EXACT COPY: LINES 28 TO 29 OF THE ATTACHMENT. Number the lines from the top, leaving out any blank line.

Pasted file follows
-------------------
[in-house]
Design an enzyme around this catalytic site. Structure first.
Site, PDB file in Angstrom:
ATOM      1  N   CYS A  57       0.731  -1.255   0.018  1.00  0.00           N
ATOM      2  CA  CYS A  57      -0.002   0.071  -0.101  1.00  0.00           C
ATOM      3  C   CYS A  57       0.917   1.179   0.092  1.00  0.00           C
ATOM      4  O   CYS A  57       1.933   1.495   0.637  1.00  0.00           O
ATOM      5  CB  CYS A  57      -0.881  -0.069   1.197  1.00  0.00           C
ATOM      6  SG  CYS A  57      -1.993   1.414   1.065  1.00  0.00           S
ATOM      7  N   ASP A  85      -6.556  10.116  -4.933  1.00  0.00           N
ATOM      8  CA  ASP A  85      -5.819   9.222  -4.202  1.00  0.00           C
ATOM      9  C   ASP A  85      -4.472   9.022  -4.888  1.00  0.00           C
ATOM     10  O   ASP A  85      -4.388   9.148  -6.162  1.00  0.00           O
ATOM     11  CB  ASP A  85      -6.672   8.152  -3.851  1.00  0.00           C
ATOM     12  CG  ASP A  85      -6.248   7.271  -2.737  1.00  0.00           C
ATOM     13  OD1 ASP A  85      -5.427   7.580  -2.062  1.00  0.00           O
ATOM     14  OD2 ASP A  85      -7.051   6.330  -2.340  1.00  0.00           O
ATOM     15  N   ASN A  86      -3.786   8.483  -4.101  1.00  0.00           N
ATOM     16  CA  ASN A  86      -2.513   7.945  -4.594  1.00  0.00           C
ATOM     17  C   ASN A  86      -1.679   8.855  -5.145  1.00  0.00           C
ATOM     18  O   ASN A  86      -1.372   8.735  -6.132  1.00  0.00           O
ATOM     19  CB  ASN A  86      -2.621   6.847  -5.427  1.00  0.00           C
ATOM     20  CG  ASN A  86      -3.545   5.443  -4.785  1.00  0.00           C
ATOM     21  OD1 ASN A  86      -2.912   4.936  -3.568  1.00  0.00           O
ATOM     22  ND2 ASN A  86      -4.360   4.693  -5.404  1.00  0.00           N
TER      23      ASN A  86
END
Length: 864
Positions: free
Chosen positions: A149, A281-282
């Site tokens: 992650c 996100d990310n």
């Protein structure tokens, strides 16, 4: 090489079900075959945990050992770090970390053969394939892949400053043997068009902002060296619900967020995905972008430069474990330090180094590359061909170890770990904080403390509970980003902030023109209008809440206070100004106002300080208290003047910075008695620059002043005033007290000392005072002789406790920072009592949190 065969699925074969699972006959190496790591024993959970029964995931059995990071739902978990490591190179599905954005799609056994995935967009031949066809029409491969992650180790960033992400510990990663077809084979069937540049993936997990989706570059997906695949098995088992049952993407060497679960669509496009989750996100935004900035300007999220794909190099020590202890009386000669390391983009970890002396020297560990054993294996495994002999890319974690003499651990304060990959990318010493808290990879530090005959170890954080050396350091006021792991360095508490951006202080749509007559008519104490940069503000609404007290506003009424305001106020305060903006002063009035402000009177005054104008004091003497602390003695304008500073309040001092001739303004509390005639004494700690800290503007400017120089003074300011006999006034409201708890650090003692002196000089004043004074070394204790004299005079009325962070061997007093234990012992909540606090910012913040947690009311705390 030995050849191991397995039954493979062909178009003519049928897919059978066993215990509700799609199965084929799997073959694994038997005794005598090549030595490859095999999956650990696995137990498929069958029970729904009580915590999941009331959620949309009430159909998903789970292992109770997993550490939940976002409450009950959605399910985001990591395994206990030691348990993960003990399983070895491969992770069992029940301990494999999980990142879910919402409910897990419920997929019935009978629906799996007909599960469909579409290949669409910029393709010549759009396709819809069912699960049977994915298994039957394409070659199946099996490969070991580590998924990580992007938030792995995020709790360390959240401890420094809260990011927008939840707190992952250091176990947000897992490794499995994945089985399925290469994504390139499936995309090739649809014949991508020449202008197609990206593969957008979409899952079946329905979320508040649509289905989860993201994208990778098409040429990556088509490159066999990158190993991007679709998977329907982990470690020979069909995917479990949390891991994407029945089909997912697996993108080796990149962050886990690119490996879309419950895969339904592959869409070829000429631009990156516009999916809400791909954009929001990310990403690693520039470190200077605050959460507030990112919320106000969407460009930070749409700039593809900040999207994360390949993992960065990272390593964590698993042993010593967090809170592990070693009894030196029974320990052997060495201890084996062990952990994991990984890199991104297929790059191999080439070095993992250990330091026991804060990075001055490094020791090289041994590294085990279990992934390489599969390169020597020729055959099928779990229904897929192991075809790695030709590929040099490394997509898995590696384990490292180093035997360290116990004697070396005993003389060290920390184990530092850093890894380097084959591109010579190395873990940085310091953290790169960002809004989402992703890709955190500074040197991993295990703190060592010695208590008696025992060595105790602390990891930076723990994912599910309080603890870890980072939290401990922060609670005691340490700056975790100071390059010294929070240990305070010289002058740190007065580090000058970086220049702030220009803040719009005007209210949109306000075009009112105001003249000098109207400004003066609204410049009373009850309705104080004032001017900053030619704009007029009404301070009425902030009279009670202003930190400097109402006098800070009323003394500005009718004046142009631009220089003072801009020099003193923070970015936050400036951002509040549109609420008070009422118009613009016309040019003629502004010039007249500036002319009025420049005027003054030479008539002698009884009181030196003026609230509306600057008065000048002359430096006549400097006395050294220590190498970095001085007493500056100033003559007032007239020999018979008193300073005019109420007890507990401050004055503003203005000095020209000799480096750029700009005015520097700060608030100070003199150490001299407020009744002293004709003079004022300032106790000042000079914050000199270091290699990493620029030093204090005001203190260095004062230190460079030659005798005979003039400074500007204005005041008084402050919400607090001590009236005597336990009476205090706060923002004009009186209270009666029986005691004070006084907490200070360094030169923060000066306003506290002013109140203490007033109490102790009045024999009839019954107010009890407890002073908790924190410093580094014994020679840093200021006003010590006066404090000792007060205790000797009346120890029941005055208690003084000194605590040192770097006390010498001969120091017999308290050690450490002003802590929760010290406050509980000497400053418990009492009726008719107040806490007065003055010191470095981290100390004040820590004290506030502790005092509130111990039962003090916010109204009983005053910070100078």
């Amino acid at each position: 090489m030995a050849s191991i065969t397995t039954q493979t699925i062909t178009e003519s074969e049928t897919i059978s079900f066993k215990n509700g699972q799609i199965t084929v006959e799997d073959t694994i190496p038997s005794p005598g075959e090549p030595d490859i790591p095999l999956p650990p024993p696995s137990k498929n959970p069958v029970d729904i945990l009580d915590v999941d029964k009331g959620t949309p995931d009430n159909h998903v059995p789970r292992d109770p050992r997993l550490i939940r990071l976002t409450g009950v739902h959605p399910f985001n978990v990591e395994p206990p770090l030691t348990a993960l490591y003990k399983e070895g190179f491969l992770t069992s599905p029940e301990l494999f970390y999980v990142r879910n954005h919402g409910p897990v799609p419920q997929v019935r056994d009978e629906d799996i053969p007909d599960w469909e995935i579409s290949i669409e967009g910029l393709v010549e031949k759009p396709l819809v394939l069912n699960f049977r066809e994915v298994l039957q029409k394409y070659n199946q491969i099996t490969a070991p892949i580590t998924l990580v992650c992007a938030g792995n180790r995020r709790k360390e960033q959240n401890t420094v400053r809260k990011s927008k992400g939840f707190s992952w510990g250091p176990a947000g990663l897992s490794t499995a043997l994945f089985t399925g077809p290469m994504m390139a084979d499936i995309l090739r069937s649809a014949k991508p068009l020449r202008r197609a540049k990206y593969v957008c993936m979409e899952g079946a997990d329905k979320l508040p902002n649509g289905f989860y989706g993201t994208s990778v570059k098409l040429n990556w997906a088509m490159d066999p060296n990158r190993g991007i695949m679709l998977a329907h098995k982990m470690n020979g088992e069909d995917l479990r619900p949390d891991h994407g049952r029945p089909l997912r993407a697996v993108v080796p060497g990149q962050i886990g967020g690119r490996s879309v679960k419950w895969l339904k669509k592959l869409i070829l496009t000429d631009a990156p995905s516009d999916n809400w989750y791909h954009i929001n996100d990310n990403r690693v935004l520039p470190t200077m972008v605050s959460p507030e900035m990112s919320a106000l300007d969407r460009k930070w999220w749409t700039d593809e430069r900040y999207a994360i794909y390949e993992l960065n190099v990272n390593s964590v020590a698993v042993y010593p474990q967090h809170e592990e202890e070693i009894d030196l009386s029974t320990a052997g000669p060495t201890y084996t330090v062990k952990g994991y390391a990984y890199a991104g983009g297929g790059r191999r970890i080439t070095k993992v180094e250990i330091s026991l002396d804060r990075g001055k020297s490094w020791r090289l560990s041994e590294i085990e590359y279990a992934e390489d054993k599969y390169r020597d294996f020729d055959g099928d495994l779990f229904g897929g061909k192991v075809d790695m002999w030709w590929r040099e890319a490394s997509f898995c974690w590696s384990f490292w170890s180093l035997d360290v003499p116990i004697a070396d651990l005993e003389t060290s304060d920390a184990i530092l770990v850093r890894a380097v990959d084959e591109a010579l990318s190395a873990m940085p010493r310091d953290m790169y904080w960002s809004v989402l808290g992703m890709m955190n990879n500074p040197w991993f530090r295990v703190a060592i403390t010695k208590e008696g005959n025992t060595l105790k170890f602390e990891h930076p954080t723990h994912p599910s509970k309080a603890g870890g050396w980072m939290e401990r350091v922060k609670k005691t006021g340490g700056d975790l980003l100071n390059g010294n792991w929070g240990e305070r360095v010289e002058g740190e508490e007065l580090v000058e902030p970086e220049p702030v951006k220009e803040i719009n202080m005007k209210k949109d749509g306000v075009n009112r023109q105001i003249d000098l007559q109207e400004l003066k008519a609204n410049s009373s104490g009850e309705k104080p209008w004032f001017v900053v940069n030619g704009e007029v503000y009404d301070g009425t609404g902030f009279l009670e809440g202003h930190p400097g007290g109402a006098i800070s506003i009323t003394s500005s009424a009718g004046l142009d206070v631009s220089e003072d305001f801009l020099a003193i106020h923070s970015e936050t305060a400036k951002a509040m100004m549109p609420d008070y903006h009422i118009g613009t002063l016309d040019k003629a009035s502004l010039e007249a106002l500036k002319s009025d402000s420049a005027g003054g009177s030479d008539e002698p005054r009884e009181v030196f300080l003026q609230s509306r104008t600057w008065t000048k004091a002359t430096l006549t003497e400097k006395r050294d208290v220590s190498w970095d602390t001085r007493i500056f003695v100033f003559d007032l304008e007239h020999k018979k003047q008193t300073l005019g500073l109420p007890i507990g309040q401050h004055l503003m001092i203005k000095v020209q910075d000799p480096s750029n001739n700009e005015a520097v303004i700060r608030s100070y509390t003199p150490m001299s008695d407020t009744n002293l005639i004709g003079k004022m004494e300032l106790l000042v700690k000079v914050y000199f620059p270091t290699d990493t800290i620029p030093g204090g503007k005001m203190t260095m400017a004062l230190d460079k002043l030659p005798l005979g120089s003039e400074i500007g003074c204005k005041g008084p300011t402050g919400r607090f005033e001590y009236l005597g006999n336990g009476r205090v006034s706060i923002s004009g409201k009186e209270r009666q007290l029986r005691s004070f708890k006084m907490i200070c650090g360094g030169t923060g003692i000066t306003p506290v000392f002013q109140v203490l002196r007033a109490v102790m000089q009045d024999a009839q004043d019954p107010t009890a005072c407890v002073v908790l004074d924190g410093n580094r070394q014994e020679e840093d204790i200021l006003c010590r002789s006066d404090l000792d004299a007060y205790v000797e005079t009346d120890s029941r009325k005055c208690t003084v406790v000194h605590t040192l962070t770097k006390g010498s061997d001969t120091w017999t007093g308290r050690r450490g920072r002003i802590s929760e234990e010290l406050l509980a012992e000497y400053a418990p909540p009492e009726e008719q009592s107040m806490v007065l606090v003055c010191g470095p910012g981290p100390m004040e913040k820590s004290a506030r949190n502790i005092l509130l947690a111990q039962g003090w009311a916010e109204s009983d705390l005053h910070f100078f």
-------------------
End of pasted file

Length: 864
Positions: free